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H&M as a prime example of greenwashing complaints, labour rights and questions of sustainability as an all or nothing label. Sustainability’s place in the fashion industry’s future is undisputed, but its desirability for consumers has led to overmarketing for a very small aspect of many fast fashion’s brands. H&M has been under the microscope since it started pushing their “sustainable” Conscious Collection. Critics have been labelling these practices as nothing more than greenwashing, as these efforts make up such a tiny proportion of their $24 billion profit in 2019, without even considering worker rights.


However, their endeavours towards capsule collections more ethically made have been mirrored in many other fast fashion brands: Zara, Mango and Asos have all taken steps to including sustainable items in their roster. These collections allow companies to trial run these sustainable fabrics and technologies before scaling up production, to work out kinks and be sure that consumers are willing to invest in these principles. Implementing sustainable and ethical manufacturing is costly and not widely available and brands are unwilling to jump in the deep end when their business is based in fast and cheap fashion.

Eco-friendly collections cannot overhaul an industry, but industry experts consider them useful as early steps in building sustainable practices. However, these collections are only as good as the progress they encourage. Without plans to scale up or further develop the materials, processes and thus, the collections, eco-friendly collections are nothing more than elaborate marketing strategies.

Levi’s are an example of scaling up done right. In 2011, they introduced their Water>Less™ technology, which reduces water use in denim manufacturing by up to 95 per cent on a type of fabric which has a smaller carbon footprint than the usual cotton. They built it up over multiple seasons until it matched their standards before introducing it to other product.


“The last thing that the cause of sustainability in fashion needs is a big failure to cause everyone in the C-suite or the top-floor offices to question whether we should be doing it at all,” says Paul Dillinger, VP of global product innovation at Levi’s. This attitude was equally adopted by Reebok, who used customer feedback on their cotton and corn-based fibres before designing the next version of the shoe.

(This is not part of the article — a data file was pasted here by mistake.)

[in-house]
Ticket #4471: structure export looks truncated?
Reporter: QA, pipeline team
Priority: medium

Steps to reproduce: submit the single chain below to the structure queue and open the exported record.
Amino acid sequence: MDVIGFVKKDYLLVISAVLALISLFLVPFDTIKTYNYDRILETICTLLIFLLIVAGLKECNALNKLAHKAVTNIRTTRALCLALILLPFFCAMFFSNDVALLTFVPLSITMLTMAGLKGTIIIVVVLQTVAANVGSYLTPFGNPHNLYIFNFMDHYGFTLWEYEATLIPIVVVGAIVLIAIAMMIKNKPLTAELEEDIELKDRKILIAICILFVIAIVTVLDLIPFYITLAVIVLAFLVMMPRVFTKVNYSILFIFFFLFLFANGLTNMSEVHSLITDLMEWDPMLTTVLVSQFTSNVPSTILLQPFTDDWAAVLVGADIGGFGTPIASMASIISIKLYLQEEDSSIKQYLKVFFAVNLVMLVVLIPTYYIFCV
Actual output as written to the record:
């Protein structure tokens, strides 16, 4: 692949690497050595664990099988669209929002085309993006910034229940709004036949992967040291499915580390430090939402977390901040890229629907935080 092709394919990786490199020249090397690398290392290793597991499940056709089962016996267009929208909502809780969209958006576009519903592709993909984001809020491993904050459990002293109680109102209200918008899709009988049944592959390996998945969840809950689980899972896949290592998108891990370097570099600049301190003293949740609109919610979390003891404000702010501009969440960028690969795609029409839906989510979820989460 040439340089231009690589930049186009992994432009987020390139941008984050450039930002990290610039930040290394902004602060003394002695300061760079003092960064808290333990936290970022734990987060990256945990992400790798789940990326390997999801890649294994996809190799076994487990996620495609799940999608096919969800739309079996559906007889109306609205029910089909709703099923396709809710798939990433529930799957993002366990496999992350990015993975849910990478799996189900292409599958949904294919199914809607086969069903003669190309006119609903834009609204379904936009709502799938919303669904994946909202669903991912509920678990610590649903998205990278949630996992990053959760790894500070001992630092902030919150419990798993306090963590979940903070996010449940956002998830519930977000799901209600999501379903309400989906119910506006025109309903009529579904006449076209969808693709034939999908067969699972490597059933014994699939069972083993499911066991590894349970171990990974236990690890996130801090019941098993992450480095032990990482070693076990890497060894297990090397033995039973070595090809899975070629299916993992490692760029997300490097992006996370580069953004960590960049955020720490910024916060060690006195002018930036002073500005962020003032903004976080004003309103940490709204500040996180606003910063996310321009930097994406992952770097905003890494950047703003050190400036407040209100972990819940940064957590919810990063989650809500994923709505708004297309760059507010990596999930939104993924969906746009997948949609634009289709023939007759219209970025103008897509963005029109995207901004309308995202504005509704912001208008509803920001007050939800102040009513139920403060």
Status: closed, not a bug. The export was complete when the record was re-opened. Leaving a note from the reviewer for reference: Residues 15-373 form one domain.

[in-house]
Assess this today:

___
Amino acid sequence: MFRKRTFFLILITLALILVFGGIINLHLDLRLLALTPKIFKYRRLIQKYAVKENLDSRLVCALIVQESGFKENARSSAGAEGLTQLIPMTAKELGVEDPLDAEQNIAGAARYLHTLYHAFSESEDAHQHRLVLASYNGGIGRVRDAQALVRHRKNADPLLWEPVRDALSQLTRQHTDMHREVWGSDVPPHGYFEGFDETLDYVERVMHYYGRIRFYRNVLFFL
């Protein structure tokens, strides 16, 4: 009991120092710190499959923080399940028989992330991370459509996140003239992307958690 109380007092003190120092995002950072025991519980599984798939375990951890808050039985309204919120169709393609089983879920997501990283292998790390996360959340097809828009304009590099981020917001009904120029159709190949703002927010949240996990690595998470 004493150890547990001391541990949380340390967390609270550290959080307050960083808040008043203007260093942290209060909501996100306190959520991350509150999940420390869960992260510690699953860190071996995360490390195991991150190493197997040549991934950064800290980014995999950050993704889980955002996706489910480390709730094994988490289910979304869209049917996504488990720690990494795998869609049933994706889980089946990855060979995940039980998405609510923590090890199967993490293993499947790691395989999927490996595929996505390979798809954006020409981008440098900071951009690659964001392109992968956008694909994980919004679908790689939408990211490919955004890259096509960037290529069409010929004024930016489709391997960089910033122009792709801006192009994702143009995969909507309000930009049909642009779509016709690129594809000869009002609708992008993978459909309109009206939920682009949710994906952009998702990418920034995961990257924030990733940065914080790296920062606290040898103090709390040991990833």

Small changes to manufacturing can ripple out and find themselves incorporated into the main lines of products, like the recycled material used in pocket lining North Face jackets. Starting small and reacting based on feedback allows sustainable manufacturing to enter the mainstream without major risk to the stakeholders.

H&M’s changes will influence the broader market in the long-term, as others cotton on to the popularity of ecologically conscious capsules. But Maxine Bédat, of the non-profit New Standard Institute, says it’s not enough. Her main criticisms stem from the language used in marketing. “Sustainable” and “ethical” are not regulated terms and often give a black-and-white impression of a company’s integrity. Specific details regarding H&M’s fabrics and sourcing can be hard to come by; H&M “mainly” used Tencel, a responsibly sourced brand of lyocell, but the unnamed amount of traditional lyocell is a contributor to deforestation.


Bédat is concerned with the overmarketing of sustainability. She says, “the marketing of what their doing is far outpacing what they’re doing.”Consumers want accurate and nuanced information on what they’re buying, which would honestly disclose their percentages, factories and areas to improve on. This will help consumers to know if they are just in it to profit on a fast-growing trend or are truly contributing to solving climate change.

Rebecca Burgess, founder and director of Fibershed, criticises the way in which major brands offset their costs to keep their sustainable collections low priced. Contaminated water supplies or other ecological impacts can be externalised. If these brands truly tackle these issues and pay for the technologies, prices will have to be raised. “Brands are determining if the customer can tolerate that”, says Burgess on capsule collections. “[A brand’s] business model is based on sales.”

Raising prices works for brands founded on an ethical story or a consumer-base which is willing to pay a premium for the product. However, fast-fashion brands are based on cheap, regularly changing collections which are designed to be quickly discarded. The most telling indication that a brand is truly working towards a sustainable future is charting their progress in the domain: are the collections growing and improving each year? We should be moving away from considering brands as simply “sustainable” or not, and therefore evil, and focusing on the nuances of the market and considering the difficulties of introducing ethical clothing.

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